With A level and GCSE results on the horizon, NAHT's Paul Whiteman asks whether we should be rethinking secondary qualifications for the post-Brexit world.
This week, thousands of young people will be awaiting their A level results. The week after, GCSE students will be doing the same. Above all, they and their families will be hoping that their hard work has paid off, and that they get results they can be proud of and that enable them to go further in education, training or employment.
I wish them all the best of luck because after we leave the EU next March, the future is unpredictable.
One thing that is certain is that our future productivity and success in the post-Brexit world depends on the success of the young people who are getting their qualifications this month.
But it doesn’t depend on the grades they get, it depends on the kind of people they are.
They will be the ones who take and create the jobs of the future. Jobs that we haven’t even thought of yet. Jobs that employers won’t be able to fill by flying in talent from overseas. Jobs that require a breadth of skills and not necessarily a narrow band of academic study.
In a world of opportunity, the narrowing of options at A level is a real cause for concern.
As CBI President Paul Drechsler has said, education’s power is to give people not just what they need to operate in today’s workplace, but the spirit of enquiry that allows them to shape tomorrow’s too.
Now that young people study until eighteen, they should be able to choose from a broad range of subjects post 16, some of these might be technical and vocational. But there are more restrictions on the subjects offered post 16 than ever before.
Sixth form funding has fallen sharply since 2010, whilst the expectation that students follow a more academic core of subjects has risen. The pressure of funding, Ofsted, league tables and ministerial pronouncements has meant that a school leader who sticks to their guns and offers a rich variety of subject opportunities is either a financial miracle-worker or a fearless iconoclast.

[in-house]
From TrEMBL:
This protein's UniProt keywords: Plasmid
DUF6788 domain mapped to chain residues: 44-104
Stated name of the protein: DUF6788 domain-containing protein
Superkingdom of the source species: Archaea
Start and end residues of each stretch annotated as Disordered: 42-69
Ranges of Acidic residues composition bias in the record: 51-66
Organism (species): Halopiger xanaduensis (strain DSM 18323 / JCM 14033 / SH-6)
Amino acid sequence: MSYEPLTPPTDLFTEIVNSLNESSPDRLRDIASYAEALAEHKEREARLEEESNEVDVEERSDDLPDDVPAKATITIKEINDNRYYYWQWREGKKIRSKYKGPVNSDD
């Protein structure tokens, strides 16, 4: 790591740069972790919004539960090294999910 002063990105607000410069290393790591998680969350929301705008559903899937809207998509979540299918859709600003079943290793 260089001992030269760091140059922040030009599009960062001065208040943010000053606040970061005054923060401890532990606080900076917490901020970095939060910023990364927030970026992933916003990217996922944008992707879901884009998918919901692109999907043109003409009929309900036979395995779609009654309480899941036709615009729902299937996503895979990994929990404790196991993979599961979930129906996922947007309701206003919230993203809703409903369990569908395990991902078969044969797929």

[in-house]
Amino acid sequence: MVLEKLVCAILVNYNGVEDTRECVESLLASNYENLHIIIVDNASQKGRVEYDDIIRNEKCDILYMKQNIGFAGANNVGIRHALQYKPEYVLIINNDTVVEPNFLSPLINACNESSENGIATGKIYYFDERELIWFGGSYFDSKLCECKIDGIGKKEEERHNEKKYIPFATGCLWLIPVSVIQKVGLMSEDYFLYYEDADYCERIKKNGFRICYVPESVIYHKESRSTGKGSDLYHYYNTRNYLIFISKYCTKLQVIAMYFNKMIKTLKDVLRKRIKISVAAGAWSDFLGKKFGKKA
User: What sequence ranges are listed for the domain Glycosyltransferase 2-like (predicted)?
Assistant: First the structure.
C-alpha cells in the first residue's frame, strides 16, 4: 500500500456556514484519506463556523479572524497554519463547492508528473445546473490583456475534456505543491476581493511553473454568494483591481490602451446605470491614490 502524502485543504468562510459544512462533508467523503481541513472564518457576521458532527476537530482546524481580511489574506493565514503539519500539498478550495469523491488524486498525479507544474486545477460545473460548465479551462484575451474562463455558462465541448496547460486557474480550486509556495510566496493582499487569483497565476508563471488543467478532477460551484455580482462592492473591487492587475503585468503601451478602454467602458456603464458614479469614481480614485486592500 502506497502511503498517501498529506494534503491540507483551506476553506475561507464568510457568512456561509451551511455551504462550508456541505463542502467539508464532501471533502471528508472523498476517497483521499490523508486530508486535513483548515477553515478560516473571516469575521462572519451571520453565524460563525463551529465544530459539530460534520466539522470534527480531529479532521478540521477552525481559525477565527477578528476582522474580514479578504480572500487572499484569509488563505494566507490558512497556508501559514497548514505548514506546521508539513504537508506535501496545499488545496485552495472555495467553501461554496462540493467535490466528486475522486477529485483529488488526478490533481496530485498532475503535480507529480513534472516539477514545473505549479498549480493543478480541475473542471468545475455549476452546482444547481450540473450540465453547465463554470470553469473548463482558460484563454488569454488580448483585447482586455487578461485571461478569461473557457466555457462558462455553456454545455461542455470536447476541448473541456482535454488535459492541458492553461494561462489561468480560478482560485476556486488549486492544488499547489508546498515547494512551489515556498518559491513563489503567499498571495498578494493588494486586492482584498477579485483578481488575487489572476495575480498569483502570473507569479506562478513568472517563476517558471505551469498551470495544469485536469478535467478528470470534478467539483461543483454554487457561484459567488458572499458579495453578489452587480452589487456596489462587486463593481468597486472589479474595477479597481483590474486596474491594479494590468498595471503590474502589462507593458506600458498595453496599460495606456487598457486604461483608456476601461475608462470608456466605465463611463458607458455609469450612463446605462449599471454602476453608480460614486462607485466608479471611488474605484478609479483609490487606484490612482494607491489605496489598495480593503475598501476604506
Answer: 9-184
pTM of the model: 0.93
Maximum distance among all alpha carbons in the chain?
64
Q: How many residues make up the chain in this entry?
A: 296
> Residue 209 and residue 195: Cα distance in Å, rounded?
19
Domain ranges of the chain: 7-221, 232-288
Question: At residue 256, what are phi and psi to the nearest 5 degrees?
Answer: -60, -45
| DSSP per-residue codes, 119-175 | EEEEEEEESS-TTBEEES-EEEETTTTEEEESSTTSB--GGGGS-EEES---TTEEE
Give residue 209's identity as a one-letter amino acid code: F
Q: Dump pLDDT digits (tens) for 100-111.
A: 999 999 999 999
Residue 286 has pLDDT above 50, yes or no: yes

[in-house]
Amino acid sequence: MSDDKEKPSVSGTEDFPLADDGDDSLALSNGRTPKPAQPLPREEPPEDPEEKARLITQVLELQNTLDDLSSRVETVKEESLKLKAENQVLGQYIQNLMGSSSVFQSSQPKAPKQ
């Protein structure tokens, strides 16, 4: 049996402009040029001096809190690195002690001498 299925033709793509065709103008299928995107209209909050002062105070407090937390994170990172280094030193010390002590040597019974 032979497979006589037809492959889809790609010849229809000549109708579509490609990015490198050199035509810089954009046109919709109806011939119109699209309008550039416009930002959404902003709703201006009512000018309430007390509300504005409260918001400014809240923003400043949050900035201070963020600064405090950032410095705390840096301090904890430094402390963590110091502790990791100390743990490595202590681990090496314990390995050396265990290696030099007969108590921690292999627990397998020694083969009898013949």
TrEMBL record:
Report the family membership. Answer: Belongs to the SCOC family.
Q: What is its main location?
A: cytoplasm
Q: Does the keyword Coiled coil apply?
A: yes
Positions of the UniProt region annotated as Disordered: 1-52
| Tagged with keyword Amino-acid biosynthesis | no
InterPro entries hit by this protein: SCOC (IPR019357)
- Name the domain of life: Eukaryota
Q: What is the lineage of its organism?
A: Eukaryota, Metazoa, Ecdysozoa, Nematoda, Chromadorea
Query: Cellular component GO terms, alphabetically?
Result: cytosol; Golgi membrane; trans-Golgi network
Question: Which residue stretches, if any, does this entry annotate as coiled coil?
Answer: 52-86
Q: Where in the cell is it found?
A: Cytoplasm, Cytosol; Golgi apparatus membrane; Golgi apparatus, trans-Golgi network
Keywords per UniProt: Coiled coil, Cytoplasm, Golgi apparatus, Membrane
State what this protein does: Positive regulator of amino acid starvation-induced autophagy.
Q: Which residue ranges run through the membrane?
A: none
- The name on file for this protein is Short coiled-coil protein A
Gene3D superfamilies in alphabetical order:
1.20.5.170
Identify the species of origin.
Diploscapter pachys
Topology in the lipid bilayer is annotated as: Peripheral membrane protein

A core group of rigorous subjects is important, but we need to make sure there is a wider variety and choice beyond them. Young people are individuals and the same choices will not work for all.
Brexit may mean a skills shortage in the UK labour market. It may also mean we’re searching for new and different skills to export around the world.
The most marketable skills could come from anywhere. Currently, the arts are one of our biggest exports, with young designers, musicians, artists and performers representing the best of Britain.
The way things are going, we just won’t be able to offer these students the opportunities that they need and deserve.
Young people should be able to take all sorts of combinations of subjects at A level. Why not take Biology and Art? Why not experiment with subjects like psychology, economics, marketing and law?
But think about how hard it would be for students to make the leap these kind of subject choices and combinations if they’ve only ever had the basic diet of EBacc subjects at GCSE.
With university becoming such an expensive option, A levels and other FE qualifications will become more and more important. For many young people, further education will be the last formal study they will ever undertake. They deserve to spend those years studying things they enjoy and are passionate about. They are far more likely to succeed in life if they do.
Shifting the conversation on accountability is long overdue. Accountability is not the only barrier to a broad range of subject choices, but it is a significant one.
The nature and weight of the accountability system have compelled schools to focus on those areas that are critical as school performance indicators.
The use of narrow data gets in the way of a school’s efforts to meet the needs of the student cohort that it serves and the extent to which this prepares pupils for the future.
A school which puts pupils needs ahead of data could find itself near the bottom of a league table or the top of an inspector’s naughty list.
School leaders should not need to be brave to do what is right for their students.
And with Brexit looming, we can’t wait any longer for change.
This blog by NAHT general secretary Paul Whiteman first featured in TES.
First published 16 August 2018